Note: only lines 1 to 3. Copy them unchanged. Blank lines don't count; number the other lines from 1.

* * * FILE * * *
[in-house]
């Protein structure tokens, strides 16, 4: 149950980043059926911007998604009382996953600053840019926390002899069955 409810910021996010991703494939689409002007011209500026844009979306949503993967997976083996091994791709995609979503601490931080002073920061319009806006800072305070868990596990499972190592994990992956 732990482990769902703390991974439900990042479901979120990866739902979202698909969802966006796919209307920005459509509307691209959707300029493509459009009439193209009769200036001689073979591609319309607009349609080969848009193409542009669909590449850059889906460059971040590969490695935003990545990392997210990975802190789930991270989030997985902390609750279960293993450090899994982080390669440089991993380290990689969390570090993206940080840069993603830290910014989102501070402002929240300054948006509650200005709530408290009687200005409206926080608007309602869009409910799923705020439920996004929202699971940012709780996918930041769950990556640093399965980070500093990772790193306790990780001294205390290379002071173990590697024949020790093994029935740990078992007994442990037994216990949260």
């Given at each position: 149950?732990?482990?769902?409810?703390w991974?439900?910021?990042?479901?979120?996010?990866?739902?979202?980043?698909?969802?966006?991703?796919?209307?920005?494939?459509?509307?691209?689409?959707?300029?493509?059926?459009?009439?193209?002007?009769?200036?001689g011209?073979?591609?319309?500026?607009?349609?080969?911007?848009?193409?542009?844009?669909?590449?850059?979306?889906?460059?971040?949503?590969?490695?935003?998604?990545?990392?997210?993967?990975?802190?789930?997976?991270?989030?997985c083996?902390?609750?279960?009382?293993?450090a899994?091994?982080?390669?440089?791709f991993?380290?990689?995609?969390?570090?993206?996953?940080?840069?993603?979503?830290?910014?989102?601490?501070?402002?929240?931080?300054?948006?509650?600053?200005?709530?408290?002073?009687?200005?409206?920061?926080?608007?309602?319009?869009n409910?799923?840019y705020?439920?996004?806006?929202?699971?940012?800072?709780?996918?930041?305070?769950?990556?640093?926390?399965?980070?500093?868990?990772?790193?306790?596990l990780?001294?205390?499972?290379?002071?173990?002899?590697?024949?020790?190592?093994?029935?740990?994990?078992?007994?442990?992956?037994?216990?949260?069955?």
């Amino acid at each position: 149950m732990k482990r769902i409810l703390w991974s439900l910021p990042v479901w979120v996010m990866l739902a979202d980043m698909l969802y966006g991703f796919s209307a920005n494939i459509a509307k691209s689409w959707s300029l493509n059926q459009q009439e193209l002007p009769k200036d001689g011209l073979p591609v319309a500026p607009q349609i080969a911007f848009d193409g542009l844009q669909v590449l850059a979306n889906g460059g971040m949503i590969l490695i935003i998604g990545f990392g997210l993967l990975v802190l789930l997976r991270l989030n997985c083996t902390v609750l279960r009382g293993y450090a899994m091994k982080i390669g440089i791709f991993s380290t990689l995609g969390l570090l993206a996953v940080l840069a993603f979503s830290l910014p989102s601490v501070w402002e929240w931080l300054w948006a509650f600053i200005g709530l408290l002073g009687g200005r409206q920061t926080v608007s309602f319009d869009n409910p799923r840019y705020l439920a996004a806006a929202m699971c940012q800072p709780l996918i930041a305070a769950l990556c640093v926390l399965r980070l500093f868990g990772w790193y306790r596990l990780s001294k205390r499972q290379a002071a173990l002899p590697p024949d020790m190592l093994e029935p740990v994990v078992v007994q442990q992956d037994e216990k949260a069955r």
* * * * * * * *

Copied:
[in-house]
């Protein structure tokens, strides 16, 4: 149950980043059926911007998604009382996953600053840019926390002899069955 409810910021996010991703494939689409002007011209500026844009979306949503993967997976083996091994791709995609979503601490931080002073920061319009806006800072305070868990596990499972190592994990992956 732990482990769902703390991974439900990042479901979120990866739902979202698909969802966006796919209307920005459509509307691209959707300029493509459009009439193209009769200036001689073979591609319309607009349609080969848009193409542009669909590449850059889906460059971040590969490695935003990545990392997210990975802190789930991270989030997985902390609750279960293993450090899994982080390669440089991993380290990689969390570090993206940080840069993603830290910014989102501070402002929240300054948006509650200005709530408290009687200005409206926080608007309602869009409910799923705020439920996004929202699971940012709780996918930041769950990556640093399965980070500093990772790193306790990780001294205390290379002071173990590697024949020790093994029935740990078992007994442990037994216990949260």
């Given at each position: 149950?732990?482990?769902?409810?703390w991974?439900?910021?990042?479901?979120?996010?990866?739902?979202?980043?698909?969802?966006?991703?796919?209307?920005?494939?459509?509307?691209?689409?959707?300029?493509?059926?459009?009439?193209?002007?009769?200036?001689g011209?073979?591609?319309?500026?607009?349609?080969?911007?848009?193409?542009?844009?669909?590449?850059?979306?889906?460059?971040?949503?590969?490695?935003?998604?990545?990392?997210?993967?990975?802190?789930?997976?991270?989030?997985c083996?902390?609750?279960?009382?293993?450090a899994?091994?982080?390669?440089?791709f991993?380290?990689?995609?969390?570090?993206?996953?940080?840069?993603?979503?830290?910014?989102?601490?501070?402002?929240?931080?300054?948006?509650?600053?200005?709530?408290?002073?009687?200005?409206?920061?926080?608007?309602?319009?869009n409910?799923?840019y705020?439920?996004?806006?929202?699971?940012?800072?709780?996918?930041?305070?769950?990556?640093?926390?399965?980070?500093?868990?990772?790193?306790?596990l990780?001294?205390?499972?290379?002071?173990?002899?590697?024949?020790?190592?093994?029935?740990?994990?078992?007994?442990?992956?037994?216990?949260?069955?």